Water management depends on hard science and meticulous study. Americans throw around phrases like once-in-a-century storm. The Dutch, with a knowledge of water, tides and floods honed by painful experience, can calculate to the centimeter — and the Dutch government legislates accordingly — exactly how high or low to position hundreds of dikes along rivers and other waterways to anticipate storms they estimate will occur once every 25 years, or every 1,000 years, or every 10,000.
And now the evidence is leading them to undertake what may seem, at first blush, a counterintuitive approach, a kind of about-face: The Dutch are starting to let the water in. They are contriving to live with nature, rather than fight (what will inevitably be, they have come to realize) a losing battle.
Why? The reality of rising seas and rivers leaves no choice. Sea barriers sufficed half a century ago; but they’re disruptive to the ecology and are built only so high, while the waters keep rising. American officials who now tout sea gates as the one-stop-shopping solution to protect Lower Manhattan should take notice. In lieu of flood control the new philosophy in the Netherlands is controlled flooding.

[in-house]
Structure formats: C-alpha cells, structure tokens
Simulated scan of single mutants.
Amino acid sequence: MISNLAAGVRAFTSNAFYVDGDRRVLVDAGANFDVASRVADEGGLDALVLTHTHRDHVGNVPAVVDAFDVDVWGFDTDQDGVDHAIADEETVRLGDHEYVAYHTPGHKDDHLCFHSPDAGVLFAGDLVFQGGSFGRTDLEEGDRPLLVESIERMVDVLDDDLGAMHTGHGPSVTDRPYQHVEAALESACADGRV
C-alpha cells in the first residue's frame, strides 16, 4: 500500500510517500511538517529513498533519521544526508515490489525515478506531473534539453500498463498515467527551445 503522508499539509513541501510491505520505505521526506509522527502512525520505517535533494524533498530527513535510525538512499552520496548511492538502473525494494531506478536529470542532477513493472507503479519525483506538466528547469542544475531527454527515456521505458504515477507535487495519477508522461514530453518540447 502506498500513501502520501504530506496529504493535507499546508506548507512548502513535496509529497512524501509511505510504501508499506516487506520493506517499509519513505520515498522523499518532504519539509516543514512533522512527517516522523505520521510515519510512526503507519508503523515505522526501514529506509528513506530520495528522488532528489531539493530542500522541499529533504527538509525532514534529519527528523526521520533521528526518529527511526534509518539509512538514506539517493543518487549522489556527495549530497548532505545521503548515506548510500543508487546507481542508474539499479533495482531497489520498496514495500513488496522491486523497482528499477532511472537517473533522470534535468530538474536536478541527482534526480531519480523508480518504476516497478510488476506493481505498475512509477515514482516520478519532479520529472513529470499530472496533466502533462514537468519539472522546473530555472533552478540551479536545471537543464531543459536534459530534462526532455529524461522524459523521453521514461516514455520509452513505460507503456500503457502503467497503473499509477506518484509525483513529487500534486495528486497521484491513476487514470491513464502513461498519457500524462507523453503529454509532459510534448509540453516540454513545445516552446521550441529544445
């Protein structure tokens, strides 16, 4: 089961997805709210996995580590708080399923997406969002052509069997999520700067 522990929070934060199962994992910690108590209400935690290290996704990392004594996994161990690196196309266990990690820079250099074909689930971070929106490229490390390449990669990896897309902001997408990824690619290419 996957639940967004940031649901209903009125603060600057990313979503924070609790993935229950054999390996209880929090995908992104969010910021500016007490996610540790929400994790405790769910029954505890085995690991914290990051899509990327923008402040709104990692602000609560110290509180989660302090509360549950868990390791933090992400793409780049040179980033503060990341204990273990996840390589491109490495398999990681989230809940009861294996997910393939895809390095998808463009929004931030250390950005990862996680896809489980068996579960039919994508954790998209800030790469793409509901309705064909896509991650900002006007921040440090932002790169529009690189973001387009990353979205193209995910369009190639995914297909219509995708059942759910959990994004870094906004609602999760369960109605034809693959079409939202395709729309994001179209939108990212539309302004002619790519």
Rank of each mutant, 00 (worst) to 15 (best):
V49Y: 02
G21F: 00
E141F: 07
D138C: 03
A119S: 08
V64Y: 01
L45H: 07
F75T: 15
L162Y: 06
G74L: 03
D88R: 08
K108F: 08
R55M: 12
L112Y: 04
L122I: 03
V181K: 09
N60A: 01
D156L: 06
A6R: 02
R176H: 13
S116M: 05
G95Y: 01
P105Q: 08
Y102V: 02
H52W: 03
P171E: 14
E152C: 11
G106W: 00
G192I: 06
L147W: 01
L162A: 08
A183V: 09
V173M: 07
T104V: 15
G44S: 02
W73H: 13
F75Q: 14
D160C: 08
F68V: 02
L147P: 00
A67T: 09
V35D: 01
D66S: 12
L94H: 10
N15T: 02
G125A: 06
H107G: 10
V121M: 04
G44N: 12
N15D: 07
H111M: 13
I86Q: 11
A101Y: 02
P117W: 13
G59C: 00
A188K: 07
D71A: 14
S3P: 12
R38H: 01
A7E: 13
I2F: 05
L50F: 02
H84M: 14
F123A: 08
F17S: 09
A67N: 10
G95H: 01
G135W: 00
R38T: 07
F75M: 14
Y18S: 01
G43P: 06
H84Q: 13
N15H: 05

These floods claimed hundreds of thousands of lives. They forever changed our landscape. And they left a potent legacy in Dutch DNA: strengthen the dikes, “fight” the water, manipulate the landscape. The saying that “while God created the earth, the Dutch created the Netherlands” has more than a kernel of truth to it.
Type of Partnership: Win-Neutral for Public and Planet
Letting the water in clearly has benefited the Public, but removing environmentally damaging man-made sea barriers simply neutralizes and removes harm on the Planet without necessarily actively or intentionally enriching it.